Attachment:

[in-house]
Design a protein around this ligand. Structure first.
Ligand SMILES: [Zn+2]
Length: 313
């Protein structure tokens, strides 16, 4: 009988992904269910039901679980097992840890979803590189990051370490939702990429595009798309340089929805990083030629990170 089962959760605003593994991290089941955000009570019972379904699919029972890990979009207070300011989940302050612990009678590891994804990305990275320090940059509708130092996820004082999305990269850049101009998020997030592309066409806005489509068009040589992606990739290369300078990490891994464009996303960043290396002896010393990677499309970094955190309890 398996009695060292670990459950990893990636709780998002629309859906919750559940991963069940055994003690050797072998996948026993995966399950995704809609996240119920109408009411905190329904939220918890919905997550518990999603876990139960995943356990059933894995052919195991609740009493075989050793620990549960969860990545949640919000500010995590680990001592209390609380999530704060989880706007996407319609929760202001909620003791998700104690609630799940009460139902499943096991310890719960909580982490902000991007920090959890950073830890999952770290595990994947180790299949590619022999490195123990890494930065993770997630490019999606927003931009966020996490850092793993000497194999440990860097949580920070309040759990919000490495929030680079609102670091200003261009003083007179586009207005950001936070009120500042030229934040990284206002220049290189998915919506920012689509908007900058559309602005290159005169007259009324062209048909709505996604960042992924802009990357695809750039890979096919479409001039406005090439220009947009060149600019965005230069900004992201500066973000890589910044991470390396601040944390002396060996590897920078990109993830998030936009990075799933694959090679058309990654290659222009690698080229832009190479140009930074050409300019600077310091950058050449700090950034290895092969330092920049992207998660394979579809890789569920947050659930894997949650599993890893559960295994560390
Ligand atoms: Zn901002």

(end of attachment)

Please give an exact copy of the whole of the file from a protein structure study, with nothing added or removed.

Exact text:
[in-house]
Design a protein around this ligand. Structure first.
Ligand SMILES: [Zn+2]
Length: 313
């Protein structure tokens, strides 16, 4: 009988992904269910039901679980097992840890979803590189990051370490939702990429595009798309340089929805990083030629990170 089962959760605003593994991290089941955000009570019972379904699919029972890990979009207070300011989940302050612990009678590891994804990305990275320090940059509708130092996820004082999305990269850049101009998020997030592309066409806005489509068009040589992606990739290369300078990490891994464009996303960043290396002896010393990677499309970094955190309890 398996009695060292670990459950990893990636709780998002629309859906919750559940991963069940055994003690050797072998996948026993995966399950995704809609996240119920109408009411905190329904939220918890919905997550518990999603876990139960995943356990059933894995052919195991609740009493075989050793620990549960969860990545949640919000500010995590680990001592209390609380999530704060989880706007996407319609929760202001909620003791998700104690609630799940009460139902499943096991310890719960909580982490902000991007920090959890950073830890999952770290595990994947180790299949590619022999490195123990890494930065993770997630490019999606927003931009966020996490850092793993000497194999440990860097949580920070309040759990919000490495929030680079609102670091200003261009003083007179586009207005950001936070009120500042030229934040990284206002220049290189998915919506920012689509908007900058559309602005290159005169007259009324062209048909709505996604960042992924802009990357695809750039890979096919479409001039406005090439220009947009060149600019965005230069900004992201500066973000890589910044991470390396601040944390002396060996590897920078990109993830998030936009990075799933694959090679058309990654290659222009690698080229832009190479140009930074050409300019600077310091950058050449700090950034290895092969330092920049992207998660394979579809890789569920947050659930894997949650599993890893559960295994560390
Ligand atoms: Zn901002």